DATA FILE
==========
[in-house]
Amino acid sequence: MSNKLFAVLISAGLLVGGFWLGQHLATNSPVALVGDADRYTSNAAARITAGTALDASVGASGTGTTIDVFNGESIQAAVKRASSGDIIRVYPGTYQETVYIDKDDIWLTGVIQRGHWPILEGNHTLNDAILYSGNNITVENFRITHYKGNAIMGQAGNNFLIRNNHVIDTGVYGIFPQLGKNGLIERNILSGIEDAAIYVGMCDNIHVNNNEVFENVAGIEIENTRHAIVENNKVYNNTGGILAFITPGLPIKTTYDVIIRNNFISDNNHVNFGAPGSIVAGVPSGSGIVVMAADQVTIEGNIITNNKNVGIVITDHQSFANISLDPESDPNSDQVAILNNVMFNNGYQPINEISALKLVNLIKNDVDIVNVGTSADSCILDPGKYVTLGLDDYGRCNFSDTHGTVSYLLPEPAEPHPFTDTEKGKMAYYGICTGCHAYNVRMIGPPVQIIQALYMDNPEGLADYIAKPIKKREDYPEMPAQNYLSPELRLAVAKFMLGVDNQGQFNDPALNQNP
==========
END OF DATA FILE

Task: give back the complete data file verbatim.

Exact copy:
[in-house]
Amino acid sequence: MSNKLFAVLISAGLLVGGFWLGQHLATNSPVALVGDADRYTSNAAARITAGTALDASVGASGTGTTIDVFNGESIQAAVKRASSGDIIRVYPGTYQETVYIDKDDIWLTGVIQRGHWPILEGNHTLNDAILYSGNNITVENFRITHYKGNAIMGQAGNNFLIRNNHVIDTGVYGIFPQLGKNGLIERNILSGIEDAAIYVGMCDNIHVNNNEVFENVAGIEIENTRHAIVENNKVYNNTGGILAFITPGLPIKTTYDVIIRNNFISDNNHVNFGAPGSIVAGVPSGSGIVVMAADQVTIEGNIITNNKNVGIVITDHQSFANISLDPESDPNSDQVAILNNVMFNNGYQPINEISALKLVNLIKNDVDIVNVGTSADSCILDPGKYVTLGLDDYGRCNFSDTHGTVSYLLPEPAEPHPFTDTEKGKMAYYGICTGCHAYNVRMIGPPVQIIQALYMDNPEGLADYIAKPIKKREDYPEMPAQNYLSPELRLAVAKFMLGVDNQGQFNDPALNQNP